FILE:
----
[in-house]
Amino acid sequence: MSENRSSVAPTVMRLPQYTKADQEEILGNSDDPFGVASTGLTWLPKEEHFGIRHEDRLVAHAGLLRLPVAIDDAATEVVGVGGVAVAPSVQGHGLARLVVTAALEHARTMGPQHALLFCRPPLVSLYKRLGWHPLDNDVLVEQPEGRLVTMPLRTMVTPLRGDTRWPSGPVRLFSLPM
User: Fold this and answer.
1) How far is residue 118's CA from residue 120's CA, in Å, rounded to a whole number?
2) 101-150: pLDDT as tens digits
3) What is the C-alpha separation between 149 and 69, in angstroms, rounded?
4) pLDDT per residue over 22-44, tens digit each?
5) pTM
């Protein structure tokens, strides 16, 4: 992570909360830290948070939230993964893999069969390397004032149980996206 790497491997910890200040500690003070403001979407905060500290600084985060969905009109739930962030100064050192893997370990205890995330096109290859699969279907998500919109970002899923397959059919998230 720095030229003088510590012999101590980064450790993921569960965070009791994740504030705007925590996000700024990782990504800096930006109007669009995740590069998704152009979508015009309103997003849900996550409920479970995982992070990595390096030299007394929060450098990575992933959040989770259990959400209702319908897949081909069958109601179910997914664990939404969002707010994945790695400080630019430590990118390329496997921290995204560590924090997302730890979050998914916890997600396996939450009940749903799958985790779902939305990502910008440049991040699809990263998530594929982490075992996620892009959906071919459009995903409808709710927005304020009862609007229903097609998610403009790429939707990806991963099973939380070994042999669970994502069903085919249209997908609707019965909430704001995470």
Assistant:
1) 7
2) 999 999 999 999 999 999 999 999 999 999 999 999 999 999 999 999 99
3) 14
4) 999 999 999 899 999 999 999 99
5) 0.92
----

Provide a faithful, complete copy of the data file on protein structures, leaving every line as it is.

[in-house]
Amino acid sequence: MSENRSSVAPTVMRLPQYTKADQEEILGNSDDPFGVASTGLTWLPKEEHFGIRHEDRLVAHAGLLRLPVAIDDAATEVVGVGGVAVAPSVQGHGLARLVVTAALEHARTMGPQHALLFCRPPLVSLYKRLGWHPLDNDVLVEQPEGRLVTMPLRTMVTPLRGDTRWPSGPVRLFSLPM
User: Fold this and answer.
1) How far is residue 118's CA from residue 120's CA, in Å, rounded to a whole number?
2) 101-150: pLDDT as tens digits
3) What is the C-alpha separation between 149 and 69, in angstroms, rounded?
4) pLDDT per residue over 22-44, tens digit each?
5) pTM
């Protein structure tokens, strides 16, 4: 992570909360830290948070939230993964893999069969390397004032149980996206 790497491997910890200040500690003070403001979407905060500290600084985060969905009109739930962030100064050192893997370990205890995330096109290859699969279907998500919109970002899923397959059919998230 720095030229003088510590012999101590980064450790993921569960965070009791994740504030705007925590996000700024990782990504800096930006109007669009995740590069998704152009979508015009309103997003849900996550409920479970995982992070990595390096030299007394929060450098990575992933959040989770259990959400209702319908897949081909069958109601179910997914664990939404969002707010994945790695400080630019430590990118390329496997921290995204560590924090997302730890979050998914916890997600396996939450009940749903799958985790779902939305990502910008440049991040699809990263998530594929982490075992996620892009959906071919459009995903409808709710927005304020009862609007229903097609998610403009790429939707990806991963099973939380070994042999669970994502069903085919249209997908609707019965909430704001995470």
Assistant:
1) 7
2) 999 999 999 999 999 999 999 999 999 999 999 999 999 999 999 999 99
3) 14
4) 999 999 999 899 999 999 999 99
5) 0.92